Dear Sasquatch: OMG, Vaseline Cancer!
I have been using Vaseline on my lips and skin for years. I’m a student, and it’s so much cheaper than all the expensive products out there. But a few people have told me it causes cancer. Are they right?
Short answer: No. No studies link petroleum jelly to cancer.
I think part of the appeal of this myth is that petroleum these days has such evil connotations that it feels almost instinctual that anything with that word in it would cause something equally horrendous—cancer. I mean, OMG, you’re practically putting gasoline on your skin, right?! And when you have two things that are ubiquitous, cancer and petroleum jelly, it’s easy to believe there’s a cause-and-effect relationship.
But in this case, there isn’t.
Your friend may say that no studies proving a link doesn’t mean the link doesn’t exist. It might just mean studies need to be done. Of course, this also means that there isn’t reason to believe there is a connection between petroleum jelly and cancer.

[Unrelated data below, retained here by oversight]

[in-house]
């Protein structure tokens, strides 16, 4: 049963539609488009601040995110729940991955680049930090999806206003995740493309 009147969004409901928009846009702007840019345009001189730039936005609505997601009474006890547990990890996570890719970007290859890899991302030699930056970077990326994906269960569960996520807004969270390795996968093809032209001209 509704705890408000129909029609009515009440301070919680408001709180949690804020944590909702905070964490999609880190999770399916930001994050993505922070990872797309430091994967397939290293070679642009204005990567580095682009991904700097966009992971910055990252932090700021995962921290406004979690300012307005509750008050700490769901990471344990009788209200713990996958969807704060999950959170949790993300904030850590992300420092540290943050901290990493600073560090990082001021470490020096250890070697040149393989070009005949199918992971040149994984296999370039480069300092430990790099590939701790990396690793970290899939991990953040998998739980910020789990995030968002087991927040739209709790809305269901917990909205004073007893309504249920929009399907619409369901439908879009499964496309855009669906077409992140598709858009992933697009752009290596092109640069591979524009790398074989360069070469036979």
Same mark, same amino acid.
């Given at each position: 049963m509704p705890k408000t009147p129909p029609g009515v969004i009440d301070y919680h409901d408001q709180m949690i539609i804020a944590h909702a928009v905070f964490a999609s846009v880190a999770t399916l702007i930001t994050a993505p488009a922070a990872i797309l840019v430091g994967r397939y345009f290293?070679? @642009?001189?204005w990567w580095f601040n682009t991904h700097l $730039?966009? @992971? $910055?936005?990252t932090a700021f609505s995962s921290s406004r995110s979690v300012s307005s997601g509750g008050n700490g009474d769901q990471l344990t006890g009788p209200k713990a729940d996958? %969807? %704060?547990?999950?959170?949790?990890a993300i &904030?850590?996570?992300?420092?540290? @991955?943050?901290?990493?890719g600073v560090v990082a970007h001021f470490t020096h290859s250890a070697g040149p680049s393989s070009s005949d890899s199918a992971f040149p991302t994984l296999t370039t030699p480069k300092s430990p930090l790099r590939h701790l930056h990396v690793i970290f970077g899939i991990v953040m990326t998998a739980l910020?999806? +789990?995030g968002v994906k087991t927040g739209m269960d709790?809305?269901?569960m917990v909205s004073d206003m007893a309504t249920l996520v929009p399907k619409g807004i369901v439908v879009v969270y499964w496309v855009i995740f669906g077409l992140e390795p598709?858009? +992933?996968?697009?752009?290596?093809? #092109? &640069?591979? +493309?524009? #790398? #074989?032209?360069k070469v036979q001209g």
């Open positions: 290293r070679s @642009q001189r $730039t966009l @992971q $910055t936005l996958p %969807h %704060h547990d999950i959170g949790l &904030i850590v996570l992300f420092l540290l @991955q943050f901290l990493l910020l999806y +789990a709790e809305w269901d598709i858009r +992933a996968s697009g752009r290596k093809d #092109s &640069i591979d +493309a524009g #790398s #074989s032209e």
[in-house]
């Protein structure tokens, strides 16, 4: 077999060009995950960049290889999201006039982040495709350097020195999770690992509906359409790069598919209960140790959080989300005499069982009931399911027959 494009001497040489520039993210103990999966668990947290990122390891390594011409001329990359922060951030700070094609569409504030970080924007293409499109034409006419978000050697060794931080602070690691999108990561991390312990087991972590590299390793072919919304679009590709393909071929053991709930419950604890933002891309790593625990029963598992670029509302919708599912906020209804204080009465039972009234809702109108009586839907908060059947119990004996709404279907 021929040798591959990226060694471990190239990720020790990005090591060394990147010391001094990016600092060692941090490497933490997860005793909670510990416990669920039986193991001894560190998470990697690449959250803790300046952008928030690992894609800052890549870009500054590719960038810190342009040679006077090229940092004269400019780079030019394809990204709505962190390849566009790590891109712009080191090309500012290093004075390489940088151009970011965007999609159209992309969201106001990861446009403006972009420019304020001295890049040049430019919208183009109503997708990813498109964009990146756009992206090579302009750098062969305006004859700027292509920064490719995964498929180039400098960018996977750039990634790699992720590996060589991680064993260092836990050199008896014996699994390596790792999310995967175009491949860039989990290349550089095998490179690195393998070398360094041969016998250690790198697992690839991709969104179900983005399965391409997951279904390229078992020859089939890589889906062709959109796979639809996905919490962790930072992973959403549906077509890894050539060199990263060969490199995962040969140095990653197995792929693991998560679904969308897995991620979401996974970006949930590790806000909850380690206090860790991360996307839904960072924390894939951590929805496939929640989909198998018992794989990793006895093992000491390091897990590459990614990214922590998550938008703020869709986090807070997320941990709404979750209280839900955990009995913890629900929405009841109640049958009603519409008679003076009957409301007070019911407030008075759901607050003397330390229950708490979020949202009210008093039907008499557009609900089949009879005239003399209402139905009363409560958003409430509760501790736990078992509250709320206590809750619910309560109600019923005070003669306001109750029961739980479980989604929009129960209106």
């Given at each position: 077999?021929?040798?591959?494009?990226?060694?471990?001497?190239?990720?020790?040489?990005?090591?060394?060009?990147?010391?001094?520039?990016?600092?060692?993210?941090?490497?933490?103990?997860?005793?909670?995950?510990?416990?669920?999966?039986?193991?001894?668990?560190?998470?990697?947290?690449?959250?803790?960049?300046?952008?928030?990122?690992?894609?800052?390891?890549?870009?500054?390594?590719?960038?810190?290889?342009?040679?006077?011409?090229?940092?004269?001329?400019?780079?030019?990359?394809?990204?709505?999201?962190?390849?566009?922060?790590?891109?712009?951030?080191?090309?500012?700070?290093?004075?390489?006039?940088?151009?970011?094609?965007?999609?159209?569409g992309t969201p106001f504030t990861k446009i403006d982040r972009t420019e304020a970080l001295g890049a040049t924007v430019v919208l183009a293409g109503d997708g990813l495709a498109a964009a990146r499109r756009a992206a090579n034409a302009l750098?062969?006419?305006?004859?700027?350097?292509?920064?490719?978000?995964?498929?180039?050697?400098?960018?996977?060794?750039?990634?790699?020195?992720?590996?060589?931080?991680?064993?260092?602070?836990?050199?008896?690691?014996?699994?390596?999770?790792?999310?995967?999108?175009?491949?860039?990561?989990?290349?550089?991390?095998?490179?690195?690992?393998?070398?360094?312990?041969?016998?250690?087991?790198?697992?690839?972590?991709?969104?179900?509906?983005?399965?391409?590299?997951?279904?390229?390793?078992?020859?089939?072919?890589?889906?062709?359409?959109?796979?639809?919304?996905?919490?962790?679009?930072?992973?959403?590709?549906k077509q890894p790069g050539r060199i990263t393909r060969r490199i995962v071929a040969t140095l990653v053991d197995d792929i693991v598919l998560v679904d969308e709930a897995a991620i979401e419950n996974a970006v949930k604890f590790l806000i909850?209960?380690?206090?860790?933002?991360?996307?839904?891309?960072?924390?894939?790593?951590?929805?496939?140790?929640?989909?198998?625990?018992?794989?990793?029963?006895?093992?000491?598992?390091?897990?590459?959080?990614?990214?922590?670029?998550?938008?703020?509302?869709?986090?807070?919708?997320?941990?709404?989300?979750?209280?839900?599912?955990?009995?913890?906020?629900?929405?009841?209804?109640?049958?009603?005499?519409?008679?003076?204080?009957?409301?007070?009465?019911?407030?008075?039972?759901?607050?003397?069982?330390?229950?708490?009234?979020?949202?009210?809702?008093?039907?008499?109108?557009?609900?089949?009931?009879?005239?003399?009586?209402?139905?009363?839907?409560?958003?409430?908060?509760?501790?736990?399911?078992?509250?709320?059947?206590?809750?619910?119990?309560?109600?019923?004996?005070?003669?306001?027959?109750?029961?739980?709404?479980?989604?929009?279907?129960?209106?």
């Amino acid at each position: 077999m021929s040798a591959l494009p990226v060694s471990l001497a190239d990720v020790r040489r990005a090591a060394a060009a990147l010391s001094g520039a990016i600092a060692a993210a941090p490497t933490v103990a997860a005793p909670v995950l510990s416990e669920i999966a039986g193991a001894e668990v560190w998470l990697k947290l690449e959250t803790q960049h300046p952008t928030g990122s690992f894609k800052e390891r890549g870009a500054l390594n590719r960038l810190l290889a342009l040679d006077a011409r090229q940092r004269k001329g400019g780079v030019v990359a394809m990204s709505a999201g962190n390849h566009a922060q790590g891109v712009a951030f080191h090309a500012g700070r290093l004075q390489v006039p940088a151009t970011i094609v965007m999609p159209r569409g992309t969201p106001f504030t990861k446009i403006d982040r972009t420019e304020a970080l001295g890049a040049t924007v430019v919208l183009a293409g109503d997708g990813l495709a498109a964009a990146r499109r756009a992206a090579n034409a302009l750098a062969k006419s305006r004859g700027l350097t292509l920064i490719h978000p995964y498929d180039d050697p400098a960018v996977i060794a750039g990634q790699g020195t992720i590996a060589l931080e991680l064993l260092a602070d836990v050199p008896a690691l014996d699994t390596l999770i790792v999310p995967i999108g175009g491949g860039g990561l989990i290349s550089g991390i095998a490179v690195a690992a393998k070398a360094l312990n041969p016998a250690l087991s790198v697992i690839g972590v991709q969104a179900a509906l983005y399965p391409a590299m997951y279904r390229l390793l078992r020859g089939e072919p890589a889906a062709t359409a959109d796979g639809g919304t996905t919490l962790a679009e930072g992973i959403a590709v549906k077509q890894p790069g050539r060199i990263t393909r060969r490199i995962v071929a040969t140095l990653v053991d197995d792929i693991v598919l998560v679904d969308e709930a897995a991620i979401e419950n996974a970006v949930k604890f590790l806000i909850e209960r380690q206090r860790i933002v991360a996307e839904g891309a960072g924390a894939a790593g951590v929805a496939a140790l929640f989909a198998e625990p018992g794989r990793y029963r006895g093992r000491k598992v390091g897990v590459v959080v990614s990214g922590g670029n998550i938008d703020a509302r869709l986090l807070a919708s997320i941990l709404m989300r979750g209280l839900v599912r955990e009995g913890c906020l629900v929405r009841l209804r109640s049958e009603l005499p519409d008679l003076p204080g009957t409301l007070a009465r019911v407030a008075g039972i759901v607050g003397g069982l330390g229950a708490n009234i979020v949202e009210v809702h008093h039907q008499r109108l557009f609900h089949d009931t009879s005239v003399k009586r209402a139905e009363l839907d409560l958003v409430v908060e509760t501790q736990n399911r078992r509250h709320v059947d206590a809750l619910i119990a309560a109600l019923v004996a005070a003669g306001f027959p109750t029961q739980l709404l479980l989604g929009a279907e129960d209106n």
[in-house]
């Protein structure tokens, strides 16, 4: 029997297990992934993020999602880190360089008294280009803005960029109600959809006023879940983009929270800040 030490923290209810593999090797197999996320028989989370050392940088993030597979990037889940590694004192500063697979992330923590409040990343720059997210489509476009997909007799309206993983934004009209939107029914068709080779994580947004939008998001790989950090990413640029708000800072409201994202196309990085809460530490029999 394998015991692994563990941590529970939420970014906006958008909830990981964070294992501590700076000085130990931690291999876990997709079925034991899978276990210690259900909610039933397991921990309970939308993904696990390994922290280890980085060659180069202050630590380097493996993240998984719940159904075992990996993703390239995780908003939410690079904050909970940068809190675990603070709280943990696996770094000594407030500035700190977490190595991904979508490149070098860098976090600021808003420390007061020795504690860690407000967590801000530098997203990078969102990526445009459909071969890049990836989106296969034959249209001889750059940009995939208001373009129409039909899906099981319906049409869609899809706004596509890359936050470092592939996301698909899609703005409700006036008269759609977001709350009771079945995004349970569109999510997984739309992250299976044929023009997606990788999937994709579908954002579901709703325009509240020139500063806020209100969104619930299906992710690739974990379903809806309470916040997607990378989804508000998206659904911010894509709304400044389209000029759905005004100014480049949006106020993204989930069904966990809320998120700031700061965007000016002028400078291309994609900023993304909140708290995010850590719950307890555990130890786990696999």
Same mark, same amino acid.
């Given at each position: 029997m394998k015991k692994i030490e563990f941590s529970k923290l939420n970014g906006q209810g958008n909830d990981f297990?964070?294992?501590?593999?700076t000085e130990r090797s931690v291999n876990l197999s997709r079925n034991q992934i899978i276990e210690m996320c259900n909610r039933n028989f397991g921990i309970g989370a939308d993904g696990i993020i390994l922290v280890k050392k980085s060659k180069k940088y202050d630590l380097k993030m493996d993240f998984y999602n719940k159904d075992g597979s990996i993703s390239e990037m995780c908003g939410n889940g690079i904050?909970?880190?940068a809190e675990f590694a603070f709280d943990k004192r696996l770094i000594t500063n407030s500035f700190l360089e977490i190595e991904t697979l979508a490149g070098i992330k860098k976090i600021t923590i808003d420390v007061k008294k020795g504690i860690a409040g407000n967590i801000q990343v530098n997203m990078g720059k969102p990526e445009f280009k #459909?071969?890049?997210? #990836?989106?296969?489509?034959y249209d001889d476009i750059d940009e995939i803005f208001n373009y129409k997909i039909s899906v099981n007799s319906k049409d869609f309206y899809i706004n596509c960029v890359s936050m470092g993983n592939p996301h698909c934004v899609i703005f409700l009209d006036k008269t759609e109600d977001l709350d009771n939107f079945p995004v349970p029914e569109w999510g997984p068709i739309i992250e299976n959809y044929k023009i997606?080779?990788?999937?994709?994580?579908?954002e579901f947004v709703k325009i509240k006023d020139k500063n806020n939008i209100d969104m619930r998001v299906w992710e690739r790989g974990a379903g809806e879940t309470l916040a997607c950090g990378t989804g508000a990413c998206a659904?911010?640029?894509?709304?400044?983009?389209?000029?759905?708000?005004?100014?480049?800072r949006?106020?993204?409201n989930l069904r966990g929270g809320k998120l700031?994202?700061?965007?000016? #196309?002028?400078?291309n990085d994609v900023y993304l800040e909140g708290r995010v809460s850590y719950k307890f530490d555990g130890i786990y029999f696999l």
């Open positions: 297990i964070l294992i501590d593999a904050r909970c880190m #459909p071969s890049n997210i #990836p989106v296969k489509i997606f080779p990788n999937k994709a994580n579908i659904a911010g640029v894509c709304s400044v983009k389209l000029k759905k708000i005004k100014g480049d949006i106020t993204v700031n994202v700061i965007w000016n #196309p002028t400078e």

Beyond the issue of evidence is also the issue of chemistry. You may have noticed that petroleum jelly doesn’t get soaked into the skin like other moisturizers. This is because its constituent molecules are too big to pass that barrier. So the jelly isn’t even getting into your body to cause cancer in the first place.
Which is a good thing for me considering how much I use for my greaser look at ‘50s car shows.
Do you have a question for Sasquatch? Need advice? An answer to a question that’s been puzzling you? Beauty tips? Ask in the comments section or send an email to [email protected]. Skeptical Sasquatch is now on Twitter (@skeptisquatch) and Facebook.